How to Grow Broccoli – A Guide to Growing Broccoli
There is a lot of confusion over the difference between broccoli and calabrese . The easy way for gardeners to remember is that broccoli is an over wintered crop and calabrese produces its crop the same year it is sown, before winter starts.
Both are brassicas and our general brassica growing instructions can be followed.
Varieties of Broccoli
- Claret F1 is an exceptional purple sprouting broccoli hybrid which producing thick spears with good quality and colour which mature in April. It is a vigorous plant forming well, even on poorer soils , so you need fewer plants to produce the same yield as you would with some other varieties. Awarded the RHS Award Of Garden Merit (AGM).
- Bordeaux F1 is an outstanding variety for later in the year. You can pick many quality purple spears from early summer through until late autumn. It requires no cold stimulus to produce its traditional tasting spears. Awarded the RHS Award Of Garden Merit (AGM).
- Nine Star Perennial is a broccoli which will continue to provide about 8 small pale green heads of broccoli each spring for 2-3 years as long as they are harvested before they begin to open. It is very vigorous so give it at least 90cm (36in) spacing between plants.
Pests and Problems
Like most of the brassicas they are affected by clubroot and, if this is a problem on your vegetable plot, you should read the articles on clubroot listed below as well as the articles on general brassica pests and problems
Sow seeds between April – June. Sow them into trays or a well prepared seed bed in drills 1cm (1/2″) deep spaced 30cm (12″) apart. Cover seeds with a fine soil and keep moist during germination. Plant out in early summer for a crop in the following February/March through to May.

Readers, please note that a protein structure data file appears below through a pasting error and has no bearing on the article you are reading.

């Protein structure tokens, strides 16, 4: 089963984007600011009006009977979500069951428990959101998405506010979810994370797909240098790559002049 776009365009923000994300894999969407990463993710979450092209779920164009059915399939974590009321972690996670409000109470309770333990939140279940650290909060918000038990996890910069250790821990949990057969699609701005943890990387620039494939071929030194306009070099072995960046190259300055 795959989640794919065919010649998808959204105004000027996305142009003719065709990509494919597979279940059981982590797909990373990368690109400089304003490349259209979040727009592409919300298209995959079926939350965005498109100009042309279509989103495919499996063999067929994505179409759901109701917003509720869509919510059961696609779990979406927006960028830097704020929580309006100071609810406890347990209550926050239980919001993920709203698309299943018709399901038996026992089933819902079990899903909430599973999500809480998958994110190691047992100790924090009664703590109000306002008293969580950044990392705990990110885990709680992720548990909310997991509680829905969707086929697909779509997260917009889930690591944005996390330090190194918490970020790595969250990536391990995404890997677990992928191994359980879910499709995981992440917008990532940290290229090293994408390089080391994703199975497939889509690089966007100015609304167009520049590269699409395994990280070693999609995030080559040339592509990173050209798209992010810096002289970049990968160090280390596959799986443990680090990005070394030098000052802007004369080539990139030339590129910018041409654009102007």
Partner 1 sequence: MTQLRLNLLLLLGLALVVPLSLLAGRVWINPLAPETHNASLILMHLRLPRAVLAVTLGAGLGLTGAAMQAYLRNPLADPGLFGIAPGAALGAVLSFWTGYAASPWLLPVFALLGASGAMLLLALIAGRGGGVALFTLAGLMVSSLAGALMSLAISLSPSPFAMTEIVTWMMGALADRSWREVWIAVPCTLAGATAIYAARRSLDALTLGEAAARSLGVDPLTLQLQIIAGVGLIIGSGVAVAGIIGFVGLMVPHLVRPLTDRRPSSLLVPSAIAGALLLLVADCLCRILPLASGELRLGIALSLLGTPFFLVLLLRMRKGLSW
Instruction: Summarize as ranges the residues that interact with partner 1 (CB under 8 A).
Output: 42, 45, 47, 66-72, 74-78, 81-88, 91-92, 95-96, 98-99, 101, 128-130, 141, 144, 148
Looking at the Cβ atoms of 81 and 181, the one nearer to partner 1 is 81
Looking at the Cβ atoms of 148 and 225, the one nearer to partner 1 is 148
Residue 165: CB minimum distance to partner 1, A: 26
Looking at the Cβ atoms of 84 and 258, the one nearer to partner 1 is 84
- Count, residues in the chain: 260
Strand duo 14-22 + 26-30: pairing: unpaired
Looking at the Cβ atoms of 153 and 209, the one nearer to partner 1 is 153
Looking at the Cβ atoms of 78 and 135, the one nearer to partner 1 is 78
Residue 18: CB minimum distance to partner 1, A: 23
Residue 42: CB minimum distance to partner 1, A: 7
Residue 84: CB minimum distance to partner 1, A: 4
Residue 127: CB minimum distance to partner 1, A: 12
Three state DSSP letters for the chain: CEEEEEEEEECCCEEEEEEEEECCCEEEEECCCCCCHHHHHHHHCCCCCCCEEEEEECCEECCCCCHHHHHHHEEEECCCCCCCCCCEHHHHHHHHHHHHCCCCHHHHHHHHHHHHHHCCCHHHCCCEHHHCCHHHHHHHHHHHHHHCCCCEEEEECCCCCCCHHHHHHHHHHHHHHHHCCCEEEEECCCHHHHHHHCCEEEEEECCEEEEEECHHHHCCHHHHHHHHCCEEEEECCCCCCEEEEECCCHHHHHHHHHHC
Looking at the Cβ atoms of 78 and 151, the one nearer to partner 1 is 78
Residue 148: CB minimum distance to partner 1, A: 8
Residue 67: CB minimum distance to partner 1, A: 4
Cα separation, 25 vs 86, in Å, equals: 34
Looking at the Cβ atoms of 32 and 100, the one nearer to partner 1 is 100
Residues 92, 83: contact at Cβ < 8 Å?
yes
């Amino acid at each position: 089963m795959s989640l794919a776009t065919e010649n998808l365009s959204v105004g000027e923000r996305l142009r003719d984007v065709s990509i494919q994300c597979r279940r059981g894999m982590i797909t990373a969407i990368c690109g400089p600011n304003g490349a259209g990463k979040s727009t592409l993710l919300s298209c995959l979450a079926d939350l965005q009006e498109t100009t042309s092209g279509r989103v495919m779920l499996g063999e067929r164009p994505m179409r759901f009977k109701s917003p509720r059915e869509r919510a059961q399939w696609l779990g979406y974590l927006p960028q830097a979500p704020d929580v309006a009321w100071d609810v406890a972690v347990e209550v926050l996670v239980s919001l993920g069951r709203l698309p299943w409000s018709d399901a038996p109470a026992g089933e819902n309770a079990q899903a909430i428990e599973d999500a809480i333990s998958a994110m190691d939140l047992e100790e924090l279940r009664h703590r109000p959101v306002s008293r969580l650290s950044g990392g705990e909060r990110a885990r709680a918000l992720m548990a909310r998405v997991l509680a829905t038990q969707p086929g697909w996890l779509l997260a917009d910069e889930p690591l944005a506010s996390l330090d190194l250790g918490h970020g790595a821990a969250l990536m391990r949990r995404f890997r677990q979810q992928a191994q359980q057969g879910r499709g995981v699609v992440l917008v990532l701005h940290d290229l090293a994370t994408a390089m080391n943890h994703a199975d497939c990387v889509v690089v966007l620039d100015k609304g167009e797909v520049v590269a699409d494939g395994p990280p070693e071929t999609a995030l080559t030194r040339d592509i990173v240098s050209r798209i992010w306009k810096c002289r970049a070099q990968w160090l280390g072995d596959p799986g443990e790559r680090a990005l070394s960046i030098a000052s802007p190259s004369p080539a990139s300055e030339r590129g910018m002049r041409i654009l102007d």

A sheltered site is best for them as they have to stand over winter. Earth them up around their stems to about 10cm (4 inches) to help prevent wind rock. If the site is windy staking them is a good idea.
Keep them netted or the pigeons will thank you for a tasty meal. Broccoli grows slowly but is not a very hungry plant. Improved results can be achieved, though, by giving a liquid feed high in nitrogen during the spring as the heads begin to form.
Seeds will store for up to 4 years . A family would probably only need 2-3 plants per year.
Harvesting & Cooking Broccoli
The fresher the broccoli spears are the better their flavour . Steaming tends to retain more flavour and texture than boiling does but whichever cooking method you use they will turn green once cooked.
Broccoli may Prevent Cancer
Broccoli is considered to be one of the “super foods”. A number of studies suggest that it can help to protect you from bowl cancer, one of the biggest cancer killers in the UK today . Broccoli contains a chemical called sulphoraphane which is thought to help against colon cancer by neutralising cancer-causing substances found in the gut.
In a study published in the British Journal of Cancer (published by the research journal Nature) the researchers show that in laboratory tests, a compound called indole-3-carinol (I3C), found in broccoli, cauliflower and cabbage can increase the levels of BRCA1 and BRCA2 proteins that repair damaged DNA. This is helpful against some forms of cancer including breast, ovarian and prostate cancers.